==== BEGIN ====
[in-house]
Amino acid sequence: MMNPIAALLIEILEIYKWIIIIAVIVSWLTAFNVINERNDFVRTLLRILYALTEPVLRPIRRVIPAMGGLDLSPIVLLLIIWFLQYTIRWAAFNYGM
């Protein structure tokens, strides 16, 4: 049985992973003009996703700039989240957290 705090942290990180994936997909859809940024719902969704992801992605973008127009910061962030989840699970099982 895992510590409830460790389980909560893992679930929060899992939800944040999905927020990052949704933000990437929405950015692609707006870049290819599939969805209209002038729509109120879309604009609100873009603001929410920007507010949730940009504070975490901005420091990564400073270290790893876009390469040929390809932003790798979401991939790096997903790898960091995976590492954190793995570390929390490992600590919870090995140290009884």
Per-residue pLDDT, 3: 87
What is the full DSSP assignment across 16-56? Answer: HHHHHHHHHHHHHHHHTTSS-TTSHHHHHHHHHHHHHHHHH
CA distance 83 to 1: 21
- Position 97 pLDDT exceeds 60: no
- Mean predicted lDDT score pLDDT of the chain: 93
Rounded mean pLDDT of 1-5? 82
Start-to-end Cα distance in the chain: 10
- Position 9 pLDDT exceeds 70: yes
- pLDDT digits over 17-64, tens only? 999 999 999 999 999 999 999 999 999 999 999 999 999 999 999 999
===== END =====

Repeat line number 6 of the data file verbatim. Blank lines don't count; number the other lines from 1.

CA distance 83 to 1: 21